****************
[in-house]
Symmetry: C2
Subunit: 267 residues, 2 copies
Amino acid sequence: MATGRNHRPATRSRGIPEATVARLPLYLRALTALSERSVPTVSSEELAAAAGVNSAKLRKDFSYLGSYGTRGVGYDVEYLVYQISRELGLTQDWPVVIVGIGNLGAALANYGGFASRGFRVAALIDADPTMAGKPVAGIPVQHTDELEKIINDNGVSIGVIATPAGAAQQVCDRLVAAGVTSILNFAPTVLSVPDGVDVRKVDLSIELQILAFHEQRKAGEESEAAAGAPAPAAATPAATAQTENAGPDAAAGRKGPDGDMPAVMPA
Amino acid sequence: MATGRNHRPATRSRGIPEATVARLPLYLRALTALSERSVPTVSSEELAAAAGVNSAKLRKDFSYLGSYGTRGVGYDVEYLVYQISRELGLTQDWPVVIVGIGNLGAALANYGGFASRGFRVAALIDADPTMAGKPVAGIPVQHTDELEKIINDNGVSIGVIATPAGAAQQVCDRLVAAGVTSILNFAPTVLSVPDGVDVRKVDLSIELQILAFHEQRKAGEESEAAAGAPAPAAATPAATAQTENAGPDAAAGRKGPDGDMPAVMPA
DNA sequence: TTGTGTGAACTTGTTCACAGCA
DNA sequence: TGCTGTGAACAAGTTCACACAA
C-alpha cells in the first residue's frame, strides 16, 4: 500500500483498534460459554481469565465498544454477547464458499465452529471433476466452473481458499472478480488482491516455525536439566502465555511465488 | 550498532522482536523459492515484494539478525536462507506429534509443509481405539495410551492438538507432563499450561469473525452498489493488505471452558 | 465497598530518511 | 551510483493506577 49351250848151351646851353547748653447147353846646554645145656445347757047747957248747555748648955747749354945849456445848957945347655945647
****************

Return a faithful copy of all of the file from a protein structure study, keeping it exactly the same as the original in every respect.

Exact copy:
[in-house]
Symmetry: C2
Subunit: 267 residues, 2 copies
Amino acid sequence: MATGRNHRPATRSRGIPEATVARLPLYLRALTALSERSVPTVSSEELAAAAGVNSAKLRKDFSYLGSYGTRGVGYDVEYLVYQISRELGLTQDWPVVIVGIGNLGAALANYGGFASRGFRVAALIDADPTMAGKPVAGIPVQHTDELEKIINDNGVSIGVIATPAGAAQQVCDRLVAAGVTSILNFAPTVLSVPDGVDVRKVDLSIELQILAFHEQRKAGEESEAAAGAPAPAAATPAATAQTENAGPDAAAGRKGPDGDMPAVMPA
Amino acid sequence: MATGRNHRPATRSRGIPEATVARLPLYLRALTALSERSVPTVSSEELAAAAGVNSAKLRKDFSYLGSYGTRGVGYDVEYLVYQISRELGLTQDWPVVIVGIGNLGAALANYGGFASRGFRVAALIDADPTMAGKPVAGIPVQHTDELEKIINDNGVSIGVIATPAGAAQQVCDRLVAAGVTSILNFAPTVLSVPDGVDVRKVDLSIELQILAFHEQRKAGEESEAAAGAPAPAAATPAATAQTENAGPDAAAGRKGPDGDMPAVMPA
DNA sequence: TTGTGTGAACTTGTTCACAGCA
DNA sequence: TGCTGTGAACAAGTTCACACAA
C-alpha cells in the first residue's frame, strides 16, 4: 500500500483498534460459554481469565465498544454477547464458499465452529471433476466452473481458499472478480488482491516455525536439566502465555511465488 | 550498532522482536523459492515484494539478525536462507506429534509443509481405539495410551492438538507432563499450561469473525452498489493488505471452558 | 465497598530518511 | 551510483493506577 49351250848151351646851353547748653447147353846646554645145656445347757047747957248747555748648955747749354945849456445848957945347655945647